During the period 1967-1972, the Finnish Mobile Clinic undertook health examinations in various parts of Finland. A total of 4545 men, 20-69 years of age and free of cancer at baseline, participated in a dietary history interview (6). The interview covered the total habitual diet of the individuals during the previous year. Inquiries on the consumption of different foods were made according to a questionnaire on more than a hundred food items and mixed food dishes commonly used at the time of the baseline study (7). Intakes of seven carotenoids from all food items were calculated with the use of a database compiled on the analyzed values of individual carotenoids on Finnish foods (8). Information on smoking habits was obtained from a questionnaire. Subjects were classified according to smoking status as never smokers, ex-smokers, smokers of cigars or pipe only, smokers of fewer than 15 cigarettes a day, and smokers of 15 or more cigarettes a day. Those who had never smoked and ex-smokers were also combined as a class of nonsmokers. During a 25-year follow-up period (1967-1991), 138 case subjects with lung cancer were diagnosed according to the nationwide Finnish Cancer Registry (9). The relative risks of lung cancer between tertiles of various dietary carotenoids were estimated by Cox's model. Adjustments were made for confounding factors, e.g., age, smoking, and other dietary factors, by including the respective factors in the model. All statistical tests were two-sided.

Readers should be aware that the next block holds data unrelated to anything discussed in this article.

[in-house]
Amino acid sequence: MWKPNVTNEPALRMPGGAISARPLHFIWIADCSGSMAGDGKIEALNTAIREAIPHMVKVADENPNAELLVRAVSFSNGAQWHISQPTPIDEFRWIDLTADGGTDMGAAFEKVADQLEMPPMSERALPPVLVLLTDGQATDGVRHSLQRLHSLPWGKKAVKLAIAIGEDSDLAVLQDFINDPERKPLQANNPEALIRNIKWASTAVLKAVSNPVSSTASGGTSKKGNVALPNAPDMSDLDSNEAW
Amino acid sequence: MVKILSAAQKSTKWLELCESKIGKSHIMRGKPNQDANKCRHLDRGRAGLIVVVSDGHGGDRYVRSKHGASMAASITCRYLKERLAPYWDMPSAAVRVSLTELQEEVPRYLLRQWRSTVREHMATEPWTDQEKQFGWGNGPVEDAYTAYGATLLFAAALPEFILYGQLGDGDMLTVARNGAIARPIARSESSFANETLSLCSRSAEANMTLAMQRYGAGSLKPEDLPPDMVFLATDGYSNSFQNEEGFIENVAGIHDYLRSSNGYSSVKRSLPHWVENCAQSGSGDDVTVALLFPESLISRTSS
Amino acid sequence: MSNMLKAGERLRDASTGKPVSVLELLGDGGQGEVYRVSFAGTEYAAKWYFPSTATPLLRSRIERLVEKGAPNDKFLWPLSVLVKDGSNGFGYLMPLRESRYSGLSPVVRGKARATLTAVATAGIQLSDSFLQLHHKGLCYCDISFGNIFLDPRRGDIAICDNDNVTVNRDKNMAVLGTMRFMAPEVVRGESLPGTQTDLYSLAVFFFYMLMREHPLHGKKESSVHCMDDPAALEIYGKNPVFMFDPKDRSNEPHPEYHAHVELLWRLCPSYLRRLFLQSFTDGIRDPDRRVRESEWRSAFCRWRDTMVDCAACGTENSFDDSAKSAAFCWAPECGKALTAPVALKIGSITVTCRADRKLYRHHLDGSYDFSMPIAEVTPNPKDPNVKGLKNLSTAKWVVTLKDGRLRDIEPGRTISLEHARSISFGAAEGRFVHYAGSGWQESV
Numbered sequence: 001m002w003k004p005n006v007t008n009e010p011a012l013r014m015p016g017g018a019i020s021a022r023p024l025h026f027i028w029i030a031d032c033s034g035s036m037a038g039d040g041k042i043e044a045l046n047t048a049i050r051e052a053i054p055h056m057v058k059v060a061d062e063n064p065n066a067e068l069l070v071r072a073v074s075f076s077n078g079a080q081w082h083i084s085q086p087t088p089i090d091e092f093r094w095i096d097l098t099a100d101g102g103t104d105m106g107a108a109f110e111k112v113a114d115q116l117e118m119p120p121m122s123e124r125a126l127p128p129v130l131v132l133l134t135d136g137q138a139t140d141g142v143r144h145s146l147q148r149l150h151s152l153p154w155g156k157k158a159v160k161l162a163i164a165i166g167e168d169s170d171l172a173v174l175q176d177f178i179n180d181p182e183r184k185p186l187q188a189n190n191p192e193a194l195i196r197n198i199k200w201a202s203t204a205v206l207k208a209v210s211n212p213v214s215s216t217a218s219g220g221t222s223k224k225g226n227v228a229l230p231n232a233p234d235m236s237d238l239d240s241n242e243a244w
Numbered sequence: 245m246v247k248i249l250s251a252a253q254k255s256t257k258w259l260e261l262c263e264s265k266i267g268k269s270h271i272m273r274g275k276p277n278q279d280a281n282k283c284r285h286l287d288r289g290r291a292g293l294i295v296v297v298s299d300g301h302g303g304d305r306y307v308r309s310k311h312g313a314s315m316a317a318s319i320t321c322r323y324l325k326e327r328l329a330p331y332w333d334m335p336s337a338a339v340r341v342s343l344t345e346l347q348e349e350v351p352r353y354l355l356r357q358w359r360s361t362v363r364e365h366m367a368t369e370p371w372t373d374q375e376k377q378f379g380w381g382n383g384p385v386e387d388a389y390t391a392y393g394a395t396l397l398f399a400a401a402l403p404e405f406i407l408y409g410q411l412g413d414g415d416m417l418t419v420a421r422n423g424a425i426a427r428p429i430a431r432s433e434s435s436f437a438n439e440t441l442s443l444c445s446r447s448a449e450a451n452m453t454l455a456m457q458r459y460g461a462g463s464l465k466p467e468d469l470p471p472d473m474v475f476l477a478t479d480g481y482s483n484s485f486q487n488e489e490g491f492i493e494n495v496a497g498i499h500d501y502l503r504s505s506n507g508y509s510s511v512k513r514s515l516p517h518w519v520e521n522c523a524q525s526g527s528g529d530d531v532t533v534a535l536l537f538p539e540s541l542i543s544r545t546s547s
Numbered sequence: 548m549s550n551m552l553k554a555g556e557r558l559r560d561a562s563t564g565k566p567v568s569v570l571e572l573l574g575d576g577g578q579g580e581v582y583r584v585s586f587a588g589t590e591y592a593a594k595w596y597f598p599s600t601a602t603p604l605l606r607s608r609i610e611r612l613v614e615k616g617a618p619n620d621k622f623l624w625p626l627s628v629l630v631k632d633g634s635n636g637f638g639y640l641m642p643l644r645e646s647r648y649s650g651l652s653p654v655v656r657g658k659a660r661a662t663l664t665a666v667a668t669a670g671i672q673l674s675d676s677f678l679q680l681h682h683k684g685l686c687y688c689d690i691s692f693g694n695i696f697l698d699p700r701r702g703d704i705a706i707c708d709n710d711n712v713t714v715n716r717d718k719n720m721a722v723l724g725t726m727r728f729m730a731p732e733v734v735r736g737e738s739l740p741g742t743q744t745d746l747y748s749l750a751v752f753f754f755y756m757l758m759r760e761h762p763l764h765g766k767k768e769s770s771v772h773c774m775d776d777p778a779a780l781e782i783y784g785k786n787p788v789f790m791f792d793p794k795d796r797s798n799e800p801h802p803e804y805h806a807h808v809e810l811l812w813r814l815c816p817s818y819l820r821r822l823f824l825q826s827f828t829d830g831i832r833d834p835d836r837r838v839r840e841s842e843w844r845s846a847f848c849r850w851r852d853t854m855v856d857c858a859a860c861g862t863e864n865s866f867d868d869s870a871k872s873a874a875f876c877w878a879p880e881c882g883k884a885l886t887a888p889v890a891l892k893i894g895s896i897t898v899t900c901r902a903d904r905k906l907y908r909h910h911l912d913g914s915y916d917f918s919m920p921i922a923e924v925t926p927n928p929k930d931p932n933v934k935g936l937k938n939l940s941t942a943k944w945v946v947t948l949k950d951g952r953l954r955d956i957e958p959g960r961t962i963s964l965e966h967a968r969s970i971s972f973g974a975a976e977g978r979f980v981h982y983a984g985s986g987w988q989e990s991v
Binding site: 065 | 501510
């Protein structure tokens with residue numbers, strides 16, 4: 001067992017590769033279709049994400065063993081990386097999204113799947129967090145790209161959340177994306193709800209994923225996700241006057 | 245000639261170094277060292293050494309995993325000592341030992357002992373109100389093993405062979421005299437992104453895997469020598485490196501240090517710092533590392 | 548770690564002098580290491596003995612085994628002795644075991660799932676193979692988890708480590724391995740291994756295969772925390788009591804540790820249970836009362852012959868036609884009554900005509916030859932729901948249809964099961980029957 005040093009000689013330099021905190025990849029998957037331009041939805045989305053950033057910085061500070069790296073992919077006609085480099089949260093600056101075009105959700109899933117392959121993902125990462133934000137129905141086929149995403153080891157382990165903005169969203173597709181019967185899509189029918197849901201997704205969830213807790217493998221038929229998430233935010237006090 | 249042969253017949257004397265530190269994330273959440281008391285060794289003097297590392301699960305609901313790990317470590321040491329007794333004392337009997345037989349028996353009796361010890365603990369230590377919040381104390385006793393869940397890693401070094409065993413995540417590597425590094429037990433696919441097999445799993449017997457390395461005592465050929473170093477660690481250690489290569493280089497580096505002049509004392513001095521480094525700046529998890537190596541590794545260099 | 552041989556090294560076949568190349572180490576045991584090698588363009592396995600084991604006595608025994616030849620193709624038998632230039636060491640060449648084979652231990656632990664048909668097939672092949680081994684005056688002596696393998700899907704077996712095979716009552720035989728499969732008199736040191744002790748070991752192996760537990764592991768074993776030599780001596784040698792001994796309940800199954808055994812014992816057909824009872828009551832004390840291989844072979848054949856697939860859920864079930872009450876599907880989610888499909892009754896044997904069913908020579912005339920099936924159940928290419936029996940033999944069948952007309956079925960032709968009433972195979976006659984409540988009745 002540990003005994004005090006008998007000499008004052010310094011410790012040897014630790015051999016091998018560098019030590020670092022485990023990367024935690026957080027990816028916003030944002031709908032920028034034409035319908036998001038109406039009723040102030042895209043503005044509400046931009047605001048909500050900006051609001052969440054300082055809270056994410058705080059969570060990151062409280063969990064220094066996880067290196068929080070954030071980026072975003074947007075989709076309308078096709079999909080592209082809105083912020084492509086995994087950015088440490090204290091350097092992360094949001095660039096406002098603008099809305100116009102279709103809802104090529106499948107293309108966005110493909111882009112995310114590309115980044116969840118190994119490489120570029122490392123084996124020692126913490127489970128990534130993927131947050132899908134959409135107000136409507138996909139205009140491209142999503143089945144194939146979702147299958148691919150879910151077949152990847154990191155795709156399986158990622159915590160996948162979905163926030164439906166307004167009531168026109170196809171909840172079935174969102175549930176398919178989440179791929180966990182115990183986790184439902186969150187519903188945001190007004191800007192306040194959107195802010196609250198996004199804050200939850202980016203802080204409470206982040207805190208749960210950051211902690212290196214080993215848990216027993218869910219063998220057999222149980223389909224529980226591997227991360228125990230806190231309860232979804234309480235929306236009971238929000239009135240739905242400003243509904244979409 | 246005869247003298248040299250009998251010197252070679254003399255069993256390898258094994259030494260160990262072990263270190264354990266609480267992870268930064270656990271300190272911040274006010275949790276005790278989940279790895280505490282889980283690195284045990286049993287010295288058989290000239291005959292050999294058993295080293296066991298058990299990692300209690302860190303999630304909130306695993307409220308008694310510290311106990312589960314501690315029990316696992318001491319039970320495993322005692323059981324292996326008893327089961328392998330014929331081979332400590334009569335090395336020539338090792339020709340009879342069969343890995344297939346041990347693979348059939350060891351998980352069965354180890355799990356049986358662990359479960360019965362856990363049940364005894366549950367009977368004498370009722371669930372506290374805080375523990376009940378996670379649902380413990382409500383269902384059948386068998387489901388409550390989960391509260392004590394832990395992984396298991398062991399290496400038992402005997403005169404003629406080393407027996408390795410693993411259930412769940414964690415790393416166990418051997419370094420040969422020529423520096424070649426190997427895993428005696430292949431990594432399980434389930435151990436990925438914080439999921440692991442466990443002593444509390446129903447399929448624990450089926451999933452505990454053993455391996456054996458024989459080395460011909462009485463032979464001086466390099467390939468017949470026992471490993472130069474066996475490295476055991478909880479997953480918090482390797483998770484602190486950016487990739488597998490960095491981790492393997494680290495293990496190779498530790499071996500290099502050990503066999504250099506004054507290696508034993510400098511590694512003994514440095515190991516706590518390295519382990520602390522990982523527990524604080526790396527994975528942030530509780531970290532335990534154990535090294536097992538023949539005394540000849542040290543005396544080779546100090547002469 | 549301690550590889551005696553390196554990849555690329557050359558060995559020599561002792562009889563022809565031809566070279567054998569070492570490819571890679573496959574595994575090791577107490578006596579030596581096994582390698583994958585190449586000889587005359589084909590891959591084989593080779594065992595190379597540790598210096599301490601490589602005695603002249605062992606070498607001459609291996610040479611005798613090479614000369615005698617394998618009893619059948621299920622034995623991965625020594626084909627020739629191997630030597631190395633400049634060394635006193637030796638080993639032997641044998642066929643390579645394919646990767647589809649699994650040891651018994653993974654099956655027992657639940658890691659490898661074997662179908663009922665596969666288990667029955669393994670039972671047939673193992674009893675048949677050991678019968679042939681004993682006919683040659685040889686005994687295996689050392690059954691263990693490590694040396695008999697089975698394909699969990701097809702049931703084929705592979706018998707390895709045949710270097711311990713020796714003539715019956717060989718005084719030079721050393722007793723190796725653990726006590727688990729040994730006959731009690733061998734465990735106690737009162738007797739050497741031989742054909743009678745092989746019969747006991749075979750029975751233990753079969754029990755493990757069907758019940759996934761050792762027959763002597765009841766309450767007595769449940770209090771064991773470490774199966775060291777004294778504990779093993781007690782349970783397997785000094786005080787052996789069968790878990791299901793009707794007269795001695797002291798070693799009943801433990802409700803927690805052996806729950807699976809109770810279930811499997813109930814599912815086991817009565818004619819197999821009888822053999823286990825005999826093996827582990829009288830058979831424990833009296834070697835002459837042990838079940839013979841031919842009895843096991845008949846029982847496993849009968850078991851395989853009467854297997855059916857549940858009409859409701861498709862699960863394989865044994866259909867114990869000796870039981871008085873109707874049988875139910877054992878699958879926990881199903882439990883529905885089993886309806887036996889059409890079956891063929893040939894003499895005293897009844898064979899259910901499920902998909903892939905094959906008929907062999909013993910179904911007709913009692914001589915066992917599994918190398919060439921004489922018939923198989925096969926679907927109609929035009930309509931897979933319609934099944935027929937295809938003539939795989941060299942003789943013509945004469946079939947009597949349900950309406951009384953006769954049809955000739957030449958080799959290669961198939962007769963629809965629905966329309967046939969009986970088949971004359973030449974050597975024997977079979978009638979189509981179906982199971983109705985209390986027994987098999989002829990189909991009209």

The intake of {alpha}-carotene was inversely associated with lung cancer incidence (Table 1). The relative risk of lung cancer between the highest and lowest tertiles of {alpha}-carotene intake after adjustment for age and smoking was 0.61 (95% confidence interval [CI] = 0.39-0.95). The results agree with findings from previous studies (4,5,10,11). The results are also plausible, since {alpha}-carotene, because of its antioxidant or other properties (12), may play a role in cancer etiology. In contrast, dietary ß-carotene was not statistically significantly associated with lung cancer occurrence. The relative risk was 0.79 (95% CI = 0.50-1.24). The intakes of {alpha}-carotene and ß-carotene were strongly associated; a total of 76% of the individuals were in the same tertile for {alpha}-carotene and ß-carotene. When the two carotenoids were coadjusted, the relative risk was 0.58 (95% CI = 0.31-1.07) for {alpha}-carotene and 0.97 (95% CI = 0.52-1.78) for ß-carotene, suggesting that the association with lung cancer was more closely related to the presence of {alpha}-carotene but neither was statistically significant. Consideration of the interaction between the two carotenoids showed the generally reduced risk among individuals with simultaneously low (below median value of and high (above median value of >=26 µg/day) {alpha}-carotene intake. The relative risk for these individuals in comparison with those having a low intake of both carotenoids was 0.34 (95% CI = 0.13-0.94). The corresponding relative risk between those with simultaneously low {alpha}-carotene and high ß-carotene in comparison with those having a low intake of both {alpha}-carotene and ß-carotene was 0.99 (95% CI = 0.54-1.82).

The other carotenoids considered ({gamma}-carotene, ß-cryptoxanthin, lycopene, or lutein and zeaxanthin) showed associations that were not statistically significant with lung cancer incidence (Table 1). Accordingly, a suggestive inverse association between the intake of {alpha}-carotene and lung cancer incidence persisted after adjustment for these additional carotenoids; the relative risk was 0.58 (95% CI = 0.31-1.08). The association was likewise not due to the presence of other potentially protective nutrients, such as vitamin E, vitamin C, folate, fiber, and flavonoids, since the association also persisted after adjustment was made for them; the relative risk for {alpha}-carotene was 0.60 (95% CI = 0.36-0.99).